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organize college process

How to Organize Your College Recruiting Process

Being well-organized simplifies the college recruiting process and makes you more effective. Take the time now to organize yourself so you can be systematic with the work ahead. Over the coming months, stay organized. As you take notes and receive literature, file everything carefully so it can be retrieved at a moment’s notice.

FILE FOLDER UPKEEP

Throughout the process, file all correspondence and literature in your folders. Print e-mails you receive, and if you like, those you send. If you’re really into it, photocopy letters and other hard-copy correspondence that you mail.

CaptainU Recruiting is a lot like applying for a job: When you communicate with a coach, you should be knowledgeable about his or her team. Your folders will help you organize a team’s schedule, roster, game results and other important details, so you can easily access this information when talking to the coach.

Being well-organized will equip you with the tools to talk with the coach about the upcoming game against the team’s nemesis. You’ll be able to ask about the recent nail-biter. And most importantly, you’ll be able to knowledgeably discuss recruiting matters, such as which roster positions will open up for your freshman season. The coach will likely be impressed with your knowledge. It will demonstrate your genuine interest in the team.

Once you’re organized, it’s time to initiate contact with the college coaches you’ve identified. Take a deep breath and get ready to write a cover letter and create a recruiting profile.

SET UP A FILE SYSTEM
  1. Get 10 file folders, the kind with index tabs at the top.
  2. Write the name of one of your colleges on the tab of each file folder.
  3. On the front of each folder, copy the contact information you collected for your candidate schools, teams and coaches (names, e-mail addresses, phone numbers, etc.)
  4. Create a log sheet to help you keep track of your progress. Staple one log sheet onto the inside cover of each folder. Add additional sheets later if necessary.
  5. Go to each team’s website and print the roster, schedule and game results to have as references. Put the print-outs in your file folders.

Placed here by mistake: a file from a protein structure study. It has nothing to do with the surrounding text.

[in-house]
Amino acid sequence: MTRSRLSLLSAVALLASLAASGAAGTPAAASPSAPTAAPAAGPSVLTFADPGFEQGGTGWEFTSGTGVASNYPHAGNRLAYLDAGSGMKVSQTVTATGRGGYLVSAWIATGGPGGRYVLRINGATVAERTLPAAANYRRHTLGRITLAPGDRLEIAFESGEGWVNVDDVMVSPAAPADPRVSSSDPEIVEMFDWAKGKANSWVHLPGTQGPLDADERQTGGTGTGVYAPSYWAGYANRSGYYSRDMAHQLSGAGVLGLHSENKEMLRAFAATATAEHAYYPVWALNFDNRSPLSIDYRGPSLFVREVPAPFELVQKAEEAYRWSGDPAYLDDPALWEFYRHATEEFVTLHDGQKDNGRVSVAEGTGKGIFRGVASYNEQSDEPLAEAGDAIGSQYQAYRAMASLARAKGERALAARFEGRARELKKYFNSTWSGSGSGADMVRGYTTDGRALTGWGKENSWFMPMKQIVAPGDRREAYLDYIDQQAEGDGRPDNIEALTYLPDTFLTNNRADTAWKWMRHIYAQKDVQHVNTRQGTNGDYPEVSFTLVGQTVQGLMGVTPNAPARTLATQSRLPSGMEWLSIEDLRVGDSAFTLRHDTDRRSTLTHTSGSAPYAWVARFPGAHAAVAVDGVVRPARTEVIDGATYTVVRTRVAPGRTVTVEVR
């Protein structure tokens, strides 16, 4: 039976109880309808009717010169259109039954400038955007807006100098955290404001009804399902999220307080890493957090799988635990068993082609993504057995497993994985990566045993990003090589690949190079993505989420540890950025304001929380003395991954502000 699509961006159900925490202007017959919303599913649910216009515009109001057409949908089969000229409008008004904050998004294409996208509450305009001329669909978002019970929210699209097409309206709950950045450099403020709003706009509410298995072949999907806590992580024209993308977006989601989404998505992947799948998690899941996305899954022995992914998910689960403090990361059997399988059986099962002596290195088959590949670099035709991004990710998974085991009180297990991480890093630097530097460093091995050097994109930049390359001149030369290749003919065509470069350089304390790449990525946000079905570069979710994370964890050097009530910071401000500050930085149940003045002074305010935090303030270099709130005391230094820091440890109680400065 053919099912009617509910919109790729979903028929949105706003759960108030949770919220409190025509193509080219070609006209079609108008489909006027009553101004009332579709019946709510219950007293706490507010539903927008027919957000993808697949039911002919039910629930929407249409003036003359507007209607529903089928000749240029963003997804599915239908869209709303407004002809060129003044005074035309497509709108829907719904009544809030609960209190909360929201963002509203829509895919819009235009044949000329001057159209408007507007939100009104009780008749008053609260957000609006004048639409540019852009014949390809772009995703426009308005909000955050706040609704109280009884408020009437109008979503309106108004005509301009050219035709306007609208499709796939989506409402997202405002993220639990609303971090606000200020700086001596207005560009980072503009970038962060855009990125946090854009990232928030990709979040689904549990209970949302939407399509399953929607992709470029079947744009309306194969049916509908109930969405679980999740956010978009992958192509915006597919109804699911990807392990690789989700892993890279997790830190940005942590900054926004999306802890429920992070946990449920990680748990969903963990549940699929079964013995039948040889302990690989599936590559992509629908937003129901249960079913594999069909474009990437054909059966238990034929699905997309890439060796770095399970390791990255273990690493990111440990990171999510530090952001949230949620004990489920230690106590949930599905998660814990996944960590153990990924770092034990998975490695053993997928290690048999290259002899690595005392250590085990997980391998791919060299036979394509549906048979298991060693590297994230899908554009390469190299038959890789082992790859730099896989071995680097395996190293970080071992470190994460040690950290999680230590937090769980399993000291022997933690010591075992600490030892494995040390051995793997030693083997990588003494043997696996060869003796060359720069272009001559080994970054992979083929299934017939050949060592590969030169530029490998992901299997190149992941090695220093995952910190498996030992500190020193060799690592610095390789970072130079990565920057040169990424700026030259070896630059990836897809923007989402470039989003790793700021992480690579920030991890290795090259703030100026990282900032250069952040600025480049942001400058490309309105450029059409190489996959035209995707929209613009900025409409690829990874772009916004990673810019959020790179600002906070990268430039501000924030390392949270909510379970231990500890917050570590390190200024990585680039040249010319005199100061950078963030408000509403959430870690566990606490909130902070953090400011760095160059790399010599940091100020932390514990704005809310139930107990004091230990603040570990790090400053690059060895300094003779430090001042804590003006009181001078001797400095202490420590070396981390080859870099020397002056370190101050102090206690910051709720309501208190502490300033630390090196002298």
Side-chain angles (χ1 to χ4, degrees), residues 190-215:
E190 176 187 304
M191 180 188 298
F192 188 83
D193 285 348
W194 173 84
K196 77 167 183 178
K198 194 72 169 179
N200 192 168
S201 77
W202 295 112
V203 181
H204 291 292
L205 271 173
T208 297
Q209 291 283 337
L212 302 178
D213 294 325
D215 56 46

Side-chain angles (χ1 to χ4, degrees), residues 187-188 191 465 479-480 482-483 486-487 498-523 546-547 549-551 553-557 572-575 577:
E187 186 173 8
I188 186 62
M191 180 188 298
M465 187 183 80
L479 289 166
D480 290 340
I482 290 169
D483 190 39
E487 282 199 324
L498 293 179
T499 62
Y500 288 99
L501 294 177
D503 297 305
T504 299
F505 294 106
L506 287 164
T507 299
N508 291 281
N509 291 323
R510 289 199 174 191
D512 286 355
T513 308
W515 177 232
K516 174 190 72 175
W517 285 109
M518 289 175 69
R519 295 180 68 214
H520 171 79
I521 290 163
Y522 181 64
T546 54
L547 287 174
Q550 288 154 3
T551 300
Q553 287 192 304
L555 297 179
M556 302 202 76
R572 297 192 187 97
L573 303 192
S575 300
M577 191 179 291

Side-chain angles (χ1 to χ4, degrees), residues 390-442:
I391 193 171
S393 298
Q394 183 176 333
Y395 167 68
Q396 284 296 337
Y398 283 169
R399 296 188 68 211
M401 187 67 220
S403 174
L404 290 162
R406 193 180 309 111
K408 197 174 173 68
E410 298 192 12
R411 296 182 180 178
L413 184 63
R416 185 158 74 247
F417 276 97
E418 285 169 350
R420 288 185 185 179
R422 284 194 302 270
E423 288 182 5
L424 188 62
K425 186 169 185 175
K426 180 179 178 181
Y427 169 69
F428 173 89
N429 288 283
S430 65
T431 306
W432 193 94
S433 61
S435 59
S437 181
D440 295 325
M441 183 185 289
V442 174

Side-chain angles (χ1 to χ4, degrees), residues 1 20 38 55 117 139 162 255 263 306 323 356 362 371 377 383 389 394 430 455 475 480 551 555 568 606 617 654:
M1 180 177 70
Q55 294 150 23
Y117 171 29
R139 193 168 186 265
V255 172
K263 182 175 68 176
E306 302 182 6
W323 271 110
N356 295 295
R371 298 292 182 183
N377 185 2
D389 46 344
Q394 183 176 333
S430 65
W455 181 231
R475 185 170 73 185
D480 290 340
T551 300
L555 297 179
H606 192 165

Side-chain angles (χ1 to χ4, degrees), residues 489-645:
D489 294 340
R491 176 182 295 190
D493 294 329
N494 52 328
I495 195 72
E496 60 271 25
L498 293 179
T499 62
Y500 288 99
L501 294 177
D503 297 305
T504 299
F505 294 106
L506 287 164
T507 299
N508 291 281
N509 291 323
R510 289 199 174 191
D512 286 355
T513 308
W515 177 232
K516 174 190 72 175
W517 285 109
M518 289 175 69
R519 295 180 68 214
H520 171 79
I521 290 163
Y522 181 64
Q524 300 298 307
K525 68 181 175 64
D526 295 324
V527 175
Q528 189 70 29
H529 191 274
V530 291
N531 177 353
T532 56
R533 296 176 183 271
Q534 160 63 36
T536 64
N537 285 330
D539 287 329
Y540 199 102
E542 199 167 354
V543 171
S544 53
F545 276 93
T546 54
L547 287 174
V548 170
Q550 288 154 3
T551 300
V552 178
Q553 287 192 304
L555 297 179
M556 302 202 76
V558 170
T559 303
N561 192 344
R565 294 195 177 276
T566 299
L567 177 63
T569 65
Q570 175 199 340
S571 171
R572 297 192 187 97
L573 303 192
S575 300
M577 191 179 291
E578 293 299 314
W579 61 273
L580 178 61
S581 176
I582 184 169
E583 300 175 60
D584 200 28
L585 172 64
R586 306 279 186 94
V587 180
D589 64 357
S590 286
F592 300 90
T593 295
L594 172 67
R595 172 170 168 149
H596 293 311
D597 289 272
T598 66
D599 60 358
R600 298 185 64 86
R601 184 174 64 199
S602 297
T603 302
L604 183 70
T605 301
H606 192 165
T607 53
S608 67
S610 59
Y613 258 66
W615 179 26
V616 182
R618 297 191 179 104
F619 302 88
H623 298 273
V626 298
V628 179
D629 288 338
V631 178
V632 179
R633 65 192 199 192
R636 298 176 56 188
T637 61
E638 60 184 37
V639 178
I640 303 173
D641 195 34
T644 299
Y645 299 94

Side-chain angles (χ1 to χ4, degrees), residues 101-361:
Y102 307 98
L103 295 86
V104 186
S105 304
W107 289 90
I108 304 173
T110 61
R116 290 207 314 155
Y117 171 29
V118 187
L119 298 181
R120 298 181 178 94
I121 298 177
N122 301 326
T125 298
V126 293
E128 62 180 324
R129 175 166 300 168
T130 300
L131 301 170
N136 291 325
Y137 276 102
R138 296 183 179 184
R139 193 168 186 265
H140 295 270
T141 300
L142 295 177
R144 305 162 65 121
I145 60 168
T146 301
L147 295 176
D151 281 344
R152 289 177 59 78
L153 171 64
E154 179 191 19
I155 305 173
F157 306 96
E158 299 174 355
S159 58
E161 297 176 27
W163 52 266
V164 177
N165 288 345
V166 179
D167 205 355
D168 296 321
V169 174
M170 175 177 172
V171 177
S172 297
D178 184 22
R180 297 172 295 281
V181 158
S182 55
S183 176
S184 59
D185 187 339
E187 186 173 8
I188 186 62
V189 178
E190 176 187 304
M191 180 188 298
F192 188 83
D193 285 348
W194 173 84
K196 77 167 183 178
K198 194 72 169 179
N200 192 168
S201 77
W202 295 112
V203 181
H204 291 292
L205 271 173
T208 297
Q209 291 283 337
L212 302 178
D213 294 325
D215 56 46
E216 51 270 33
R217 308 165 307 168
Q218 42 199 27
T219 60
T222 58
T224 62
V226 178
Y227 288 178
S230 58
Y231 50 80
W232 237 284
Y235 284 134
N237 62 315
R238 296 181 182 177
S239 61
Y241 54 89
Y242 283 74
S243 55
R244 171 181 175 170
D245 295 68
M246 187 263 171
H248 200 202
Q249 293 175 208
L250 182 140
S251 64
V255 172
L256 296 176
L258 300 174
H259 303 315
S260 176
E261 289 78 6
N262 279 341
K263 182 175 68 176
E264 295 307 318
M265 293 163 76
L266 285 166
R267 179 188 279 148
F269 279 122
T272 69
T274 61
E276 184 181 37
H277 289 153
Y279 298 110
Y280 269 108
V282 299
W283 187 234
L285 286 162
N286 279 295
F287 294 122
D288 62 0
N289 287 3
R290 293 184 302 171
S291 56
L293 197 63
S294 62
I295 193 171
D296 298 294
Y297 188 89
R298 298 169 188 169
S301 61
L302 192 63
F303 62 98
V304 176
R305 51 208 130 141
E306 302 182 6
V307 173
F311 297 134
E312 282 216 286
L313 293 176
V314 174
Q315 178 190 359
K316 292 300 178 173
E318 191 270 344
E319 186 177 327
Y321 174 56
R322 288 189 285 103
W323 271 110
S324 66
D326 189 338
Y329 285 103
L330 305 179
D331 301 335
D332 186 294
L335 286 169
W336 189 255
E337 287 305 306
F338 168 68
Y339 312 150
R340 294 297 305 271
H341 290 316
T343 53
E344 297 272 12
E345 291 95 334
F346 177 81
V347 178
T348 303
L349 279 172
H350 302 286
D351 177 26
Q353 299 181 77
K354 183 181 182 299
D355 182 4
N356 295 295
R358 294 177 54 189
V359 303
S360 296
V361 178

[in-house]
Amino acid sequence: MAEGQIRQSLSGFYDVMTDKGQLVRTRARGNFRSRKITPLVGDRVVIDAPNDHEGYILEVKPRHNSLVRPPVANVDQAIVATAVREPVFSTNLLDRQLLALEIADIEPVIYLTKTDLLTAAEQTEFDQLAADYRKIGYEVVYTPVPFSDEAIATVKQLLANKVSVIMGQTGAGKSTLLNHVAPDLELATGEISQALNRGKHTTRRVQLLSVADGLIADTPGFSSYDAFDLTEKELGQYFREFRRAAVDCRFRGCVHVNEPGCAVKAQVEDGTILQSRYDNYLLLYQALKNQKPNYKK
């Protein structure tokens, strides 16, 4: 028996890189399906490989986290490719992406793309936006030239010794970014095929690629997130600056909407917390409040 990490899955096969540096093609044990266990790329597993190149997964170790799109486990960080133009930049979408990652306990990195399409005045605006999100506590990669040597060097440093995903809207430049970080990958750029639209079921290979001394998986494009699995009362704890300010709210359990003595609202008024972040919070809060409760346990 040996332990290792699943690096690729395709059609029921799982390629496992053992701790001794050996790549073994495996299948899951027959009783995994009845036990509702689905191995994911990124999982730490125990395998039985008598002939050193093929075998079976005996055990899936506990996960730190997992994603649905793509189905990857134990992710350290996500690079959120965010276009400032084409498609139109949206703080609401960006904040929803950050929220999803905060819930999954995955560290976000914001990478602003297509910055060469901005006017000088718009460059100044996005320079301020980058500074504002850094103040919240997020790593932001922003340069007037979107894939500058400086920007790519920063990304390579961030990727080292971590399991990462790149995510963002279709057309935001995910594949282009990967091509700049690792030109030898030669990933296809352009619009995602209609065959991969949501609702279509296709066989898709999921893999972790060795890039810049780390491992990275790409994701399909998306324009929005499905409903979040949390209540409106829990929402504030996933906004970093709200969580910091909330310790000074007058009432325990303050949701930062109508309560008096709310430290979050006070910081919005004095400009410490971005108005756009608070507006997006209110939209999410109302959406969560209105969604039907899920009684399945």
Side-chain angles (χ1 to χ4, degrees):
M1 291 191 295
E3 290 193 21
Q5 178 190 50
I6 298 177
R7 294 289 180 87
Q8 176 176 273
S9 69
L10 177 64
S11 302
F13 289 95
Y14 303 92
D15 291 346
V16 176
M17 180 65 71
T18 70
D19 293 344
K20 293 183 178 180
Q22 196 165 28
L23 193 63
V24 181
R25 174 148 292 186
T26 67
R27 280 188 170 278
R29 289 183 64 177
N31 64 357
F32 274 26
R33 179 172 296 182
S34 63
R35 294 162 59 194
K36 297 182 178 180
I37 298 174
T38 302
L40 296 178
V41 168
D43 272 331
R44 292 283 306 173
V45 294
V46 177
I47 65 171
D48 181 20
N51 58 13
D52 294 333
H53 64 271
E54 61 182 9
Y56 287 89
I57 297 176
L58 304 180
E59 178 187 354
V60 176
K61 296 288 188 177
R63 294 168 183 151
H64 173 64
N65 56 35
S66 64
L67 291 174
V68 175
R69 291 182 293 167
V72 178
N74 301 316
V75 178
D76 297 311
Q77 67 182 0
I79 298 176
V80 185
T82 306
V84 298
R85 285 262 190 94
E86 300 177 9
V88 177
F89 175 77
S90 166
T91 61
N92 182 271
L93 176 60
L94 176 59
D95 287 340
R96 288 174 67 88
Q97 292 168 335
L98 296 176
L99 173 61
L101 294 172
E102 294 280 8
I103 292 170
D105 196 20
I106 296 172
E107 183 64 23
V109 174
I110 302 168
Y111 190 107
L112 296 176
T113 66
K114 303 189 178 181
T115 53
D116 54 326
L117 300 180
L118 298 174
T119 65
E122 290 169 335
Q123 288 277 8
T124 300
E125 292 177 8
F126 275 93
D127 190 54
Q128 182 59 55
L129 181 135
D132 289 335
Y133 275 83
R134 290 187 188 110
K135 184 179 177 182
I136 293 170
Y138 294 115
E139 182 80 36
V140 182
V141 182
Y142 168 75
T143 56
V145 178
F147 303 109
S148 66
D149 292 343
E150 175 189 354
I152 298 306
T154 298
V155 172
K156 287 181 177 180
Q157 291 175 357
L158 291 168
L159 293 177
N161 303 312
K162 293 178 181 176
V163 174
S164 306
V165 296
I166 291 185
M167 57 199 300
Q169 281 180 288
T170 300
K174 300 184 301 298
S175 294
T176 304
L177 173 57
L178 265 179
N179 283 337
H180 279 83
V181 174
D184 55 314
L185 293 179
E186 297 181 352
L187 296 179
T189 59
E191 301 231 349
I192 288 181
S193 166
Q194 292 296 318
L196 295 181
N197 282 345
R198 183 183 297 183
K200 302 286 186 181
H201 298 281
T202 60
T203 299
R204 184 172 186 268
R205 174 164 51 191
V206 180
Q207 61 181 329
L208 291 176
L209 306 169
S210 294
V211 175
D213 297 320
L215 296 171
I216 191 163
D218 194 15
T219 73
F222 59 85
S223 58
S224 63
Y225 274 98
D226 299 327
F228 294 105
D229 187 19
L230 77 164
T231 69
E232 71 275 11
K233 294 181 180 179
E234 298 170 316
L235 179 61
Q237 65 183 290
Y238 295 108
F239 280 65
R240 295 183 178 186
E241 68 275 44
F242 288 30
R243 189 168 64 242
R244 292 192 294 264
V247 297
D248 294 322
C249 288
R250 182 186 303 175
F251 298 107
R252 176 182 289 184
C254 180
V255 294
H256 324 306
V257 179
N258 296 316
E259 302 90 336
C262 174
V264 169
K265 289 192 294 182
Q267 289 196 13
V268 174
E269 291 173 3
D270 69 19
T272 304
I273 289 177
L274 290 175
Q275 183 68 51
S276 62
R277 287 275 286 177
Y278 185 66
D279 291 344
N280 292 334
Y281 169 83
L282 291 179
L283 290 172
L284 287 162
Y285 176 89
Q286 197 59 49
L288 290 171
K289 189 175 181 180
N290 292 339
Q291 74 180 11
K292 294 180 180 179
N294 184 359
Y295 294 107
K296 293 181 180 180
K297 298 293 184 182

Make sure the notes on your log sheets are dated correctly so at any point you can look through your file folders and see exactly what you’ve accomplished with each candidate school over a given period of time.

Sample log sheet:

  • 4/3/19  Sent cover letter and resume to Coach Smith.
  • 4/12/19  Received information packet and player profile.
  • 4/13/19  Completed player profile and returned to coach with short note.
  • 4/26/19  Called Coach Smith. It went well—he said he wants to see me play. He’s going to send me the registration forms for the U. of Troy Summer Camp, which he’ll be at.
  • 5/1/19  Emailed Coach Smith May Monthly Update, describing my hat-trick in a league game against our arch-rival.
  • 6/1/19  Emailed Coach Smith June Monthly Update, describing my play during the first two weeks of state cup.
  • 6/30/19  Attended University of Troy Summer Camp—played in Coach Smith’s group. Had a few conversations about playing for him—he thinks I can be a significant contributor within my first two years.
  • 7/1/19  Emailed July Monthly Update, describing our state semifinal loss—the game in which I scored the first goal. I included a personal note to Coach Smith about camp.
  • 7/12/19  Smith saw me play at Shellackers Tournament against ____ I scored the first goal in our 2-1 win.
  • 7/19/19  I called Coach Smith who said he really likes what he’s seen and wants me to apply.
  • 8/1/19  Emailed Coach Smith August Monthly Update, detailing my summer preparations for the high school season.

However you choose to set up and manage your filing system, remember to stay organized and keep records of EVERYTHING. You’ll be glad you did!

Create a free CaptainU profile today to get your college athletic search underway!

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